For me, however, ‘The West Wing’ is a more impressive and resonant piece of television.  Here, all the world is President Bartlett’s stage and whilst any White House drama will also have its own conventions, they are generally less oppressive than is  the case in The Sopranos.  The writers and directors  of  ‘The West Wing’  make better use of the ensemble cast (particularly the female characters) and the potential of the overall narrative is far wider and far less predictable.  These are two high-water marks in the chequered history of television, so it’s a bit like choosing between foie gras and caviar.  Even so, and much as I enjoyed the saga of 8 years out of Tony Soprano’s life, for me ‘The West Wing’ wins by a short head.  Then again, best not mention horses’ heads….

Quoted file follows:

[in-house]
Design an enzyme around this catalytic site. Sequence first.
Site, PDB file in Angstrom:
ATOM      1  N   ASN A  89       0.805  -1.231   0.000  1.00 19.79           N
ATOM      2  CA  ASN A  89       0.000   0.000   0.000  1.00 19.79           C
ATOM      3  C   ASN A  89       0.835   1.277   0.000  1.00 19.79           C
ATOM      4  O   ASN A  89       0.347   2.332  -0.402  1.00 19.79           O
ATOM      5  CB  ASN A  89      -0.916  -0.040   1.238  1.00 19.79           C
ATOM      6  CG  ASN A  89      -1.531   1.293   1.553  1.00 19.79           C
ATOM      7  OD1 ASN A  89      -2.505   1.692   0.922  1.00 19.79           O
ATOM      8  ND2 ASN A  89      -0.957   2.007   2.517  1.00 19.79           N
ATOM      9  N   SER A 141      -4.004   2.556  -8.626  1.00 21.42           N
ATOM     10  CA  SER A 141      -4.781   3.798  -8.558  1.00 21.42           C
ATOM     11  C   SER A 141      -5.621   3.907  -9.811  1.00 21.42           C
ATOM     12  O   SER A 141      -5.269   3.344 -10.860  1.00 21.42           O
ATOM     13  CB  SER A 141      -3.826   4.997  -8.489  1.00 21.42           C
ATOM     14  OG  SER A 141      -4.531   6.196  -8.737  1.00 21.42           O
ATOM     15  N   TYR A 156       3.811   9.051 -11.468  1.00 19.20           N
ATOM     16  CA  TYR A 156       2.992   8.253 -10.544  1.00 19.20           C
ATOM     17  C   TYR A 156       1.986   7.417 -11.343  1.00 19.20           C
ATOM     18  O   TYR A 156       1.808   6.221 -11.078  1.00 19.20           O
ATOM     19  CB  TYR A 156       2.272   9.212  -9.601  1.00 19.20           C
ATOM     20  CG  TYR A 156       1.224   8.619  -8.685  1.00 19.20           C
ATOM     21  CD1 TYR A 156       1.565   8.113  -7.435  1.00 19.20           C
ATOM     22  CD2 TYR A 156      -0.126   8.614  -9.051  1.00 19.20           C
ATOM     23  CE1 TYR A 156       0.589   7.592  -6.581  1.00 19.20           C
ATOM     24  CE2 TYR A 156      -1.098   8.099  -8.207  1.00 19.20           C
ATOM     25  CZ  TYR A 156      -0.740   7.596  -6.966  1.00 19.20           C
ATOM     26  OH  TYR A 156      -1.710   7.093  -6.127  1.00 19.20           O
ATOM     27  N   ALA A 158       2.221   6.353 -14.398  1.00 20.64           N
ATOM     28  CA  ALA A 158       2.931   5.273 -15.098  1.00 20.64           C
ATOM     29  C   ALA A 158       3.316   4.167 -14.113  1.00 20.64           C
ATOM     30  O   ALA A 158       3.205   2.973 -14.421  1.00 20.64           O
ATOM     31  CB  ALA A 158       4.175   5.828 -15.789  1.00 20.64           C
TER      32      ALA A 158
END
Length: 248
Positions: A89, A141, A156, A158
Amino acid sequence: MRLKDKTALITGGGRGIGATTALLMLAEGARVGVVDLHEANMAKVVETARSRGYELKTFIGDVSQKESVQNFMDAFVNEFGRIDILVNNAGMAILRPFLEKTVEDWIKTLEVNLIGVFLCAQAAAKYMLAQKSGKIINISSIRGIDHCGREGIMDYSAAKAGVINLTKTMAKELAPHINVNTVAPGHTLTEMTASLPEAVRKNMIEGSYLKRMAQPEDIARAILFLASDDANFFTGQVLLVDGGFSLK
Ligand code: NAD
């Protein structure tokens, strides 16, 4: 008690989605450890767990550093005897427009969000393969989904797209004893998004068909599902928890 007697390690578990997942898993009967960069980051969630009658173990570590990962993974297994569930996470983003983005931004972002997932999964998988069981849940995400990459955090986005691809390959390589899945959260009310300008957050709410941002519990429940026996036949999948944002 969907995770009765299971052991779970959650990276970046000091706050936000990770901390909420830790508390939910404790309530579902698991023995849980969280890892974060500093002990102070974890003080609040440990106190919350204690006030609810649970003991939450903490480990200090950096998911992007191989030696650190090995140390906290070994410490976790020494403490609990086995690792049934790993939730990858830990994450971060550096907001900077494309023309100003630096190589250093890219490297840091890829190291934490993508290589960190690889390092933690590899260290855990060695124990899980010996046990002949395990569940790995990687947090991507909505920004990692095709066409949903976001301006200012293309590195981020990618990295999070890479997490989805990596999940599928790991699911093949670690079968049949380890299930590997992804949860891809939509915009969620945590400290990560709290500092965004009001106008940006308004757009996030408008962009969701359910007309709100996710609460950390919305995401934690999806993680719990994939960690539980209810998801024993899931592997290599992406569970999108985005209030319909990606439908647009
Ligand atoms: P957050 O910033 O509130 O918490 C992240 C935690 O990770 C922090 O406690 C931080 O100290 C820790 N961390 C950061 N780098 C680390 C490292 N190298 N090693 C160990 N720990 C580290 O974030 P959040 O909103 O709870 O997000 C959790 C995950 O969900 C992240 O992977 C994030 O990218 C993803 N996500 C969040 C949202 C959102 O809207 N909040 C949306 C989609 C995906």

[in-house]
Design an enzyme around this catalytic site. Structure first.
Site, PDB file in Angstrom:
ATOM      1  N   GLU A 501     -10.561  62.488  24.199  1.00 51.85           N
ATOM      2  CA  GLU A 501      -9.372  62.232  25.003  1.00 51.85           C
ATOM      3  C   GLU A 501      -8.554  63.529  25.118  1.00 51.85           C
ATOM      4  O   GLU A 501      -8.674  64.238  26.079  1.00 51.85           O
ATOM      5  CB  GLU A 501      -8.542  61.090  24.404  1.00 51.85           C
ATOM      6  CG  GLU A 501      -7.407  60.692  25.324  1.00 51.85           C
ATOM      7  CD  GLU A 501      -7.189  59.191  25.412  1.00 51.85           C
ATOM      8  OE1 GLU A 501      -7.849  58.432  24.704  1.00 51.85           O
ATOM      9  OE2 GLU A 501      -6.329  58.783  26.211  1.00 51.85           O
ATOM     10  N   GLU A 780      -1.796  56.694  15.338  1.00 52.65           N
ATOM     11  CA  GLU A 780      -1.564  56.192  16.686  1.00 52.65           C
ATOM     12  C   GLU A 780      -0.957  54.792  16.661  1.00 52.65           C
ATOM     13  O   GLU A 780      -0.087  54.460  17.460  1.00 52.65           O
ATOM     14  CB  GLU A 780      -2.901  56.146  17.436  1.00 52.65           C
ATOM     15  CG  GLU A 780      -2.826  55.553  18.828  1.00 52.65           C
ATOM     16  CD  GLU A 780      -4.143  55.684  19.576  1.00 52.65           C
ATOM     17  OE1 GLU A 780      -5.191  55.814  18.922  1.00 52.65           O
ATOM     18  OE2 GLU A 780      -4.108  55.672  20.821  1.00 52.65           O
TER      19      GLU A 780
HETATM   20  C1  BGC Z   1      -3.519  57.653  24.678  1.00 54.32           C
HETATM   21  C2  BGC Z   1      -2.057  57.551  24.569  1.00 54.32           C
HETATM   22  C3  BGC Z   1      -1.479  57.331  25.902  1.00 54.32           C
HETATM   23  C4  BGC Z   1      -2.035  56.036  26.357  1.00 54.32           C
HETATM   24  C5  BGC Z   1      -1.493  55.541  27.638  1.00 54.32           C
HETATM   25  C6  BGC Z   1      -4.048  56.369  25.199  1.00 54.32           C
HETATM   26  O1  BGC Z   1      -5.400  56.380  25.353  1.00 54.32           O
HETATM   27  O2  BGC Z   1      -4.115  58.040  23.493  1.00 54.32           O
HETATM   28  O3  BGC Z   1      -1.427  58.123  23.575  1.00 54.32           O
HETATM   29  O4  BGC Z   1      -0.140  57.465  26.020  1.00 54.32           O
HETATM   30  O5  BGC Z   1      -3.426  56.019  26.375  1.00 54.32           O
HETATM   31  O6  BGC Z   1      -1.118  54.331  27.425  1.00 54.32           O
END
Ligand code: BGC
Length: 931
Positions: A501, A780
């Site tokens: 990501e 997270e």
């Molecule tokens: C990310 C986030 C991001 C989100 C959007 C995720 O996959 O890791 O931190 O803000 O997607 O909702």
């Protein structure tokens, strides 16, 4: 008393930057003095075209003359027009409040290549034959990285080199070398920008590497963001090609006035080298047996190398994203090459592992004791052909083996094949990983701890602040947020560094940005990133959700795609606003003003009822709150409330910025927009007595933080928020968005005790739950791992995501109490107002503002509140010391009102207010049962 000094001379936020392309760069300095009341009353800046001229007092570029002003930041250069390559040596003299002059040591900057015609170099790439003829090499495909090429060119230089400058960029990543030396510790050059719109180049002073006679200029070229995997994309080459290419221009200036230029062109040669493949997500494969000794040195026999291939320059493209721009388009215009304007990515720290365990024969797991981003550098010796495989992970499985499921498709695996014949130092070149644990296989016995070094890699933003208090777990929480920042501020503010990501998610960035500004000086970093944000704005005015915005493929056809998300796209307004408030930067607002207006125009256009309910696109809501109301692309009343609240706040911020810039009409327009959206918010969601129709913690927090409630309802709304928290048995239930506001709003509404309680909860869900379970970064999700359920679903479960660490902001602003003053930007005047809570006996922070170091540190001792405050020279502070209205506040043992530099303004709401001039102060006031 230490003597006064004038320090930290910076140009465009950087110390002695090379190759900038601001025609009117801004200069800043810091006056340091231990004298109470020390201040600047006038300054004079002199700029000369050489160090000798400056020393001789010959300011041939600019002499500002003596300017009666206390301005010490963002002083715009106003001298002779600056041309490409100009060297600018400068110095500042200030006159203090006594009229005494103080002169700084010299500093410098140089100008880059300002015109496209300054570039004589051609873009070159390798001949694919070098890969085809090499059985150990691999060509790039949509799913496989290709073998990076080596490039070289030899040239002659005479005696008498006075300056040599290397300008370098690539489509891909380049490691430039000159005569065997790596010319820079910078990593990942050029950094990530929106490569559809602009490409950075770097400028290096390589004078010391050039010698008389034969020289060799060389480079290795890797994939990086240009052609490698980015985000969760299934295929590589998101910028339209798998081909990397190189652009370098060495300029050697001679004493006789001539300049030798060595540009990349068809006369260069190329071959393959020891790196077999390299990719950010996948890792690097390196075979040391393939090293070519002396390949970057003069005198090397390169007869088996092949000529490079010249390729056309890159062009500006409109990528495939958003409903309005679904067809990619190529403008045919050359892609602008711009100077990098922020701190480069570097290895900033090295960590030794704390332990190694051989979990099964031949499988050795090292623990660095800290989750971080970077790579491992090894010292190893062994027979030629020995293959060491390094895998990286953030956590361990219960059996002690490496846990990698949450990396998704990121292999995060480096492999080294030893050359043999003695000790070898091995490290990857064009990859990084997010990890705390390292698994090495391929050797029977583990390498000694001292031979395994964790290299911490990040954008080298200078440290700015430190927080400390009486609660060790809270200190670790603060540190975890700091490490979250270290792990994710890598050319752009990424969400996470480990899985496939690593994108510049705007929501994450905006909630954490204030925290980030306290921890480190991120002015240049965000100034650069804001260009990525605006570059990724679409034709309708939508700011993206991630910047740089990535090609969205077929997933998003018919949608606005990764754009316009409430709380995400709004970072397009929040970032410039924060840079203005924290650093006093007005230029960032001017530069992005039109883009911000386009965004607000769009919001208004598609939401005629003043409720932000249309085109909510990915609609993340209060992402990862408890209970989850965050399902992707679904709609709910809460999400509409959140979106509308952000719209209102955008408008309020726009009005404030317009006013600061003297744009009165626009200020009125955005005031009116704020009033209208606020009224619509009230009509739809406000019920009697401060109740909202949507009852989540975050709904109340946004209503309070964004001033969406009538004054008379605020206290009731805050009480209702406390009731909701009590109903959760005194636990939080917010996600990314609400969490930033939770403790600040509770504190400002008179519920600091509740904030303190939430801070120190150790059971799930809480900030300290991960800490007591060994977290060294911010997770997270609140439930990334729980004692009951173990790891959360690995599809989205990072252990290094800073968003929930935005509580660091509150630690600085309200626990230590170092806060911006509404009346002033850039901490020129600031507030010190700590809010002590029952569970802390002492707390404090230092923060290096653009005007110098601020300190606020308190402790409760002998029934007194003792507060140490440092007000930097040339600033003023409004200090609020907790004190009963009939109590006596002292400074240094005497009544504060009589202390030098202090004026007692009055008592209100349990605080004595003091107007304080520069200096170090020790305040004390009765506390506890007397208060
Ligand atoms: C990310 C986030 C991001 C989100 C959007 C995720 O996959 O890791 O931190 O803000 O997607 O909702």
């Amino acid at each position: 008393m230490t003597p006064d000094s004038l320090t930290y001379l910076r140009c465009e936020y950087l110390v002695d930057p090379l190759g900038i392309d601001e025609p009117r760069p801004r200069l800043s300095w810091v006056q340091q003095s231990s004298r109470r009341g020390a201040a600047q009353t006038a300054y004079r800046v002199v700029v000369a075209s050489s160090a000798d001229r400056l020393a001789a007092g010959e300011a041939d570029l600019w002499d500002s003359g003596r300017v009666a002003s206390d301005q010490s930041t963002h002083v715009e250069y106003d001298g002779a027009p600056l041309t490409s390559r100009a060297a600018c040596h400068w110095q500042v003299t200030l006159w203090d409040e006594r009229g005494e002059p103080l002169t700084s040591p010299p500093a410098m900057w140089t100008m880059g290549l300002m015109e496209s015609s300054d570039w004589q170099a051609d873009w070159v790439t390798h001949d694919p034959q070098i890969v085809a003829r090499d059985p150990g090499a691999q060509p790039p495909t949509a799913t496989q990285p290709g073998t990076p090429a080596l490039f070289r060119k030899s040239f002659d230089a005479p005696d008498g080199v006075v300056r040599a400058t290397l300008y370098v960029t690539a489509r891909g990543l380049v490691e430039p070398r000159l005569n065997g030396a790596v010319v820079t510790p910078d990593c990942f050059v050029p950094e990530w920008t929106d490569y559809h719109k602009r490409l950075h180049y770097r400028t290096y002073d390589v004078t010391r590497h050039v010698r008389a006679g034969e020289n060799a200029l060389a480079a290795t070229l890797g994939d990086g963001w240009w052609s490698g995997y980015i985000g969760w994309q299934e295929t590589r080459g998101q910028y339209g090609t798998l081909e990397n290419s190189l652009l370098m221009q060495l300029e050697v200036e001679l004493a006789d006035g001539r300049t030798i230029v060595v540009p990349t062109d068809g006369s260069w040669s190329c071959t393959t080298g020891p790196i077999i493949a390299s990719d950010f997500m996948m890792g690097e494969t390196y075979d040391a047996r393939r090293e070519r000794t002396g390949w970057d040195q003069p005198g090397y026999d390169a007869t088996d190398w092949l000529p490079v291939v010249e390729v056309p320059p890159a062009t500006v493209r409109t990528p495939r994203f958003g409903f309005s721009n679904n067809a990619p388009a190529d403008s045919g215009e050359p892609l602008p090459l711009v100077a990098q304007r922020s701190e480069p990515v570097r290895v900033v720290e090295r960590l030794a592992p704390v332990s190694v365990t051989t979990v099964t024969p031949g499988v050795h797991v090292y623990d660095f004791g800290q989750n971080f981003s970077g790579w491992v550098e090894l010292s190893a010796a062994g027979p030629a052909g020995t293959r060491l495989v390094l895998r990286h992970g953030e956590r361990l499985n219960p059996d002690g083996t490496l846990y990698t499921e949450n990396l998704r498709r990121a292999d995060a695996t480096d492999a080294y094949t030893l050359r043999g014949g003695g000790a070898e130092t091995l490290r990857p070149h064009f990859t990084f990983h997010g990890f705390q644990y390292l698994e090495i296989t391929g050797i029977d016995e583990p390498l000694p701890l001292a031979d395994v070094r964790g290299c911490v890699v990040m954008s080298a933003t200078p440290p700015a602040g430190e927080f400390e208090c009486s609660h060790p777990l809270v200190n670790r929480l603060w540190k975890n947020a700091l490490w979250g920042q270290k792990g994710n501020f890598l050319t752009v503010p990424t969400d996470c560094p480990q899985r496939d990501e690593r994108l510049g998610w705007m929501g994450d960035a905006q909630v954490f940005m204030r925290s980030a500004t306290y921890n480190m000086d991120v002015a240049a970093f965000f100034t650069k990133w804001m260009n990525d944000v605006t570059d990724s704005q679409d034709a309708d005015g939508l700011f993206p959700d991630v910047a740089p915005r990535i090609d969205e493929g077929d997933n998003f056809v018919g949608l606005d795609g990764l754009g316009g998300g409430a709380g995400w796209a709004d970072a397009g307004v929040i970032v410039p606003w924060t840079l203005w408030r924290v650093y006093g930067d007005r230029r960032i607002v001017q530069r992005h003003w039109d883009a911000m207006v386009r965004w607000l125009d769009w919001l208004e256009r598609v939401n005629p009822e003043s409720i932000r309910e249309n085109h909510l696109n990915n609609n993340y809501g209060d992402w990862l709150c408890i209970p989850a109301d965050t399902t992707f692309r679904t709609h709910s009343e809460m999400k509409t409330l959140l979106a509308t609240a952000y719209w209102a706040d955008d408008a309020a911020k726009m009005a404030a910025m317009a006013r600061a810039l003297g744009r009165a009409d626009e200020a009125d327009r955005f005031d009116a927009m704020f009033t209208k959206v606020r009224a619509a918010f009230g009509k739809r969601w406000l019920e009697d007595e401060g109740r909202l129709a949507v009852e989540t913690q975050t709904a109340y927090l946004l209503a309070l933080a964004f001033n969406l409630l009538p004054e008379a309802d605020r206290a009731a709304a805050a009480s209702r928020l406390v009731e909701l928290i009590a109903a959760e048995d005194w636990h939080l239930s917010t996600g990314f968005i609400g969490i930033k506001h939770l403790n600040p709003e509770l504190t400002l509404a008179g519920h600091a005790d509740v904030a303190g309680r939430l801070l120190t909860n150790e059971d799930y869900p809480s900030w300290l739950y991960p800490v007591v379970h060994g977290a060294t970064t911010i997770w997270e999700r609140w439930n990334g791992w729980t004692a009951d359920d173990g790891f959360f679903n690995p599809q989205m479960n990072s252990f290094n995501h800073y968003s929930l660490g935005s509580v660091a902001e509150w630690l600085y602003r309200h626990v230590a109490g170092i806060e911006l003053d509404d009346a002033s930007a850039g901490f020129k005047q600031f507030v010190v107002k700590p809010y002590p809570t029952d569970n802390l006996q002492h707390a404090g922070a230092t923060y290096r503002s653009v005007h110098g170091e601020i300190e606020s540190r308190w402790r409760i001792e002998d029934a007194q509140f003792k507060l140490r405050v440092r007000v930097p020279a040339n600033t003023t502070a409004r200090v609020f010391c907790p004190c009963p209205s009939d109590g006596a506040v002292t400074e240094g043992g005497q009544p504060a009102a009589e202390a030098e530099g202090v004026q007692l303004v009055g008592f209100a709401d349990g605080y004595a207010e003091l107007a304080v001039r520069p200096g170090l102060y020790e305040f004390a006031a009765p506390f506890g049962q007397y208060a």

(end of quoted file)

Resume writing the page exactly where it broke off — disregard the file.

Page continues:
Watching ‘This Life’ and ‘This Life + 10’

Anyone remember the days of ‘One Nation TV’?  Those were the days when the population only had access to a small number of channels and there was a reasonable chance that when you went into school or work, your friends and colleagues had all been watching the same programme(s) as you the previous evening.  TV execs and advertisers today probably go all misty-eyed just thinking about it. Thus the whole country was on tenterhooks about the finale of ‘Quatermass‘, the identity of the person that shot J.R. in ‘Dallas’ and other similar cliffhangers.

A few things happened to explode this cosy constituency, the first of which was the advent of the VCR in the early 1980’s.  I had a friend in Cheadle who was what they call ‘an early adopter’ and he started out with this monstrous Betamax machine and 2 videotapes full of episodes of ‘Fawlty Towers’ and clips from ‘The Old Grey Whistle Test’.  The top of the Betamax machine used to fold up and out like the gull-wings of a De Lorean sports car.  Seems hilarious now, but at the time it was revolutionary.